Philip Konrad Marheineke (May 1, 1780, Hildesheim – May 31, 1846, Berlin), was a German Protestant church leader within the Evangelical Church in Prussia. He was born at Hildesheim, Bishopric of Hildesheim, and studied at the University of Göttingen. In 1805 he was appointed professor extraordinarius of philosophy at Erlangen; in 1807 he moved to Heidelberg. In 1811 he became professor ordinarius at Frederick William University, Berlin, where from 1820 he was also preacher at Trinity Church and worked with Schleiermacher
[...More Info...]      
[...Related Items...]



picture info

Synoptic Gospels
The gospels of Matthew, Mark, and Luke are referred to as the synoptic Gospels because they include many of the same stories, often in a similar sequence and in similar or sometimes identical wording. They stand in contrast to John, whose content is largely distinct. The term synoptic (Latin: synopticus; Greek: συνοπτικός, romanizedsynoptikós) comes via Latin from the Greek σύνοψις, synopsis, i.e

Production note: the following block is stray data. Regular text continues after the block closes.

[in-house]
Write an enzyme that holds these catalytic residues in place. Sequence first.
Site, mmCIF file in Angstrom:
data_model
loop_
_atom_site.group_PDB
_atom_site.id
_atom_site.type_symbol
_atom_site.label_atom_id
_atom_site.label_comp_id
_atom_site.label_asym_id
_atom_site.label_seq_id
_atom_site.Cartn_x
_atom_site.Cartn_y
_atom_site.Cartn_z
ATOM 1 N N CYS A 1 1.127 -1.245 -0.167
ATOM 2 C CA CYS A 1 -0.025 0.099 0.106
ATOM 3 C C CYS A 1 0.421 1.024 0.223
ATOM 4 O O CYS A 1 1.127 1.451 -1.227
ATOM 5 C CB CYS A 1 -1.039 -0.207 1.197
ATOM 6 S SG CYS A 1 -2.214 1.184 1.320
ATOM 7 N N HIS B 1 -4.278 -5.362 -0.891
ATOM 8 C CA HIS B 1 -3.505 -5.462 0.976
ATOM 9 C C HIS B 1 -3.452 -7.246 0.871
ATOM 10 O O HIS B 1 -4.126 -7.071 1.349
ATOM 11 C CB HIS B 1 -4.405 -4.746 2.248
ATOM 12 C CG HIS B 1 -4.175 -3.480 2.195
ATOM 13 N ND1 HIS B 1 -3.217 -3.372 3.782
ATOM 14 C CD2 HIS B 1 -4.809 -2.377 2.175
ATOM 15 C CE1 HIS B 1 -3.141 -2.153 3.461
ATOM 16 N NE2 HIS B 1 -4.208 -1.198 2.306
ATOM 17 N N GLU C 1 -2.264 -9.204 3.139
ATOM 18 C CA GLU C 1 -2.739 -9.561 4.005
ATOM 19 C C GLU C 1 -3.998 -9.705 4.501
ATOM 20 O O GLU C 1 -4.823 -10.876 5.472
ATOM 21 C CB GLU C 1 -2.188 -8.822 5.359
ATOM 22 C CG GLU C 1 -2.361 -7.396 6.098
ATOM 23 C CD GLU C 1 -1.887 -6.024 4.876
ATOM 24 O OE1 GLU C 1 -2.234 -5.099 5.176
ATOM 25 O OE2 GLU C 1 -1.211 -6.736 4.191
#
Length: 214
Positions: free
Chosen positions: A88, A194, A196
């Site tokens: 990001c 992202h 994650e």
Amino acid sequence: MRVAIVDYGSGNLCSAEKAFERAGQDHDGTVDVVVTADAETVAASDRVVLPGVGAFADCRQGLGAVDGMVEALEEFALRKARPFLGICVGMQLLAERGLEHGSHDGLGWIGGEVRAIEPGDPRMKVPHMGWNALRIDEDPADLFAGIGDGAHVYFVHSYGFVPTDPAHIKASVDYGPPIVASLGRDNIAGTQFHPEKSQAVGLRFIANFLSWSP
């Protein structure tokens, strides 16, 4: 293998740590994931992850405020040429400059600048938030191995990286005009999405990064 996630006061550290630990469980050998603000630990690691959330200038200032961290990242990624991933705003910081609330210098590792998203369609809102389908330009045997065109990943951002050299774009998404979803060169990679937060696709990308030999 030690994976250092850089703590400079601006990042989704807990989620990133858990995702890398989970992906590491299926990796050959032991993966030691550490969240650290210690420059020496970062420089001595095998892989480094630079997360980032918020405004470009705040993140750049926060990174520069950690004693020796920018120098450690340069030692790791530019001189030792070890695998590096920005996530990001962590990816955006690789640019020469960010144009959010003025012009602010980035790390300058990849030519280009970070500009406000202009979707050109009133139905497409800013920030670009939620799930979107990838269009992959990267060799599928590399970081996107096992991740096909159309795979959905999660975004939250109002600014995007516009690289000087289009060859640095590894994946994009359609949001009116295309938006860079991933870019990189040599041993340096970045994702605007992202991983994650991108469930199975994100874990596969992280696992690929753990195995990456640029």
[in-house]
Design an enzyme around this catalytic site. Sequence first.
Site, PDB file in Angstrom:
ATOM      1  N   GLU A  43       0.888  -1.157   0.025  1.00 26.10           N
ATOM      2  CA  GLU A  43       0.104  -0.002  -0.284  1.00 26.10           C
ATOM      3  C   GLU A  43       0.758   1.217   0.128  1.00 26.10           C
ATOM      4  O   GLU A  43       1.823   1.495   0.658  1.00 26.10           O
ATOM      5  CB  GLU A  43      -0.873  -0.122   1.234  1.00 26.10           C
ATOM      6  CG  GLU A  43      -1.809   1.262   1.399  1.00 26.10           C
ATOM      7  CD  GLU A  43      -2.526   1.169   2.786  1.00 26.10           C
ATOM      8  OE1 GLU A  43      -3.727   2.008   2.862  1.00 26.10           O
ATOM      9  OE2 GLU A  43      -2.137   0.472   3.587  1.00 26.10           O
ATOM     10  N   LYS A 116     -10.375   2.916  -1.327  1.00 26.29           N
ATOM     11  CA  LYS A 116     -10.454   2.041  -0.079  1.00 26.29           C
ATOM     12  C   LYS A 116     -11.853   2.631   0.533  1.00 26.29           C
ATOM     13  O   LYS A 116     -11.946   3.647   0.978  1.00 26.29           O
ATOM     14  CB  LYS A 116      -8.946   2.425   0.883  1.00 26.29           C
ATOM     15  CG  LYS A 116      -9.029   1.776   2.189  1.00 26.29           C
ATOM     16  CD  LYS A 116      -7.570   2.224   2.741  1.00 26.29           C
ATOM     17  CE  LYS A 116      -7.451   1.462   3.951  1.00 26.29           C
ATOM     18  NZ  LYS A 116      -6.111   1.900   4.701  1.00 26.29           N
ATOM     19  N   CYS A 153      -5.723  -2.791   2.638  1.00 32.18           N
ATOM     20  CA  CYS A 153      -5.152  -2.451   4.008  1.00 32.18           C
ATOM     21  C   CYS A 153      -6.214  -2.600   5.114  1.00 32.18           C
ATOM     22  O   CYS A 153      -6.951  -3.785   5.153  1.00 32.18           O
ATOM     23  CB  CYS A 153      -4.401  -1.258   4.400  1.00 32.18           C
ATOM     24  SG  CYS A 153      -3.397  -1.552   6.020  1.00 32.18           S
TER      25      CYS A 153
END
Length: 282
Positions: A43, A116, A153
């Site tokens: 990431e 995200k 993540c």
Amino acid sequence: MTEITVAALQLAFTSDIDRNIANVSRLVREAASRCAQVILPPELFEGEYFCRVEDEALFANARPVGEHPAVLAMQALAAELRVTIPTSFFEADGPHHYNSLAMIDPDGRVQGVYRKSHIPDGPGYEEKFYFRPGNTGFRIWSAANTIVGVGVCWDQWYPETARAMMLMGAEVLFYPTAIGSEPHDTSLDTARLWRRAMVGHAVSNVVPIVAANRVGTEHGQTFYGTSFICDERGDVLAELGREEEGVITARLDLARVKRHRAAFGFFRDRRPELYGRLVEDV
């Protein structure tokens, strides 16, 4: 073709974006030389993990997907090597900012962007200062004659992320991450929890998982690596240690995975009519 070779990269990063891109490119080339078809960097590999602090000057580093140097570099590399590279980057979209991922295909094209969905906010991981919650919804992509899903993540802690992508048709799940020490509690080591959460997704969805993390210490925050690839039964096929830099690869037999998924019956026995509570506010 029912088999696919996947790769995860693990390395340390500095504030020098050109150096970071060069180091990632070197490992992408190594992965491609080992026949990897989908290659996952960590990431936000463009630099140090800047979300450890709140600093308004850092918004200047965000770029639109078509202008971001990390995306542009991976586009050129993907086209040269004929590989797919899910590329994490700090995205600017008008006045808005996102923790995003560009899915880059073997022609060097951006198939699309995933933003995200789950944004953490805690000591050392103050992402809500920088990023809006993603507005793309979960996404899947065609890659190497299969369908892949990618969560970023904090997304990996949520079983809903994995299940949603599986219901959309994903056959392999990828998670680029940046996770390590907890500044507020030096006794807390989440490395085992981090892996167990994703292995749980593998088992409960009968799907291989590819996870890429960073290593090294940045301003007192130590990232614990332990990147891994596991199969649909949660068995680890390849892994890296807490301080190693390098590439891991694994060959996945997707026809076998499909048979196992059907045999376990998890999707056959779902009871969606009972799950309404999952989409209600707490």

[...More Info...]      
[...Related Items...]



Immanuel Kant

Immanuel Kant (UK: /kænt/,[18][19] US: /kɑːnt/;[20][21] German: [ɪˈmaːnu̯eːl ˈkant, -nu̯ɛl -];[22][23] 22 April 1724 – 12 February 1804) was a German philosopher and one of the central Enlightenment thinkers.[24][25] Kant's comprehensive and systematic works in epistemology, metaphysics, ethics, and aesthetics have made him one of the most influential figures in modern Western philosophy.[24][26] In his doctrine of transcendental idealism, Kant argued that space and time are mere "forms of intuition" which structure all experience, and therefore that while "things-in-themselves" exist and contribute to experience, they are nonetheless distinct from the objects of experience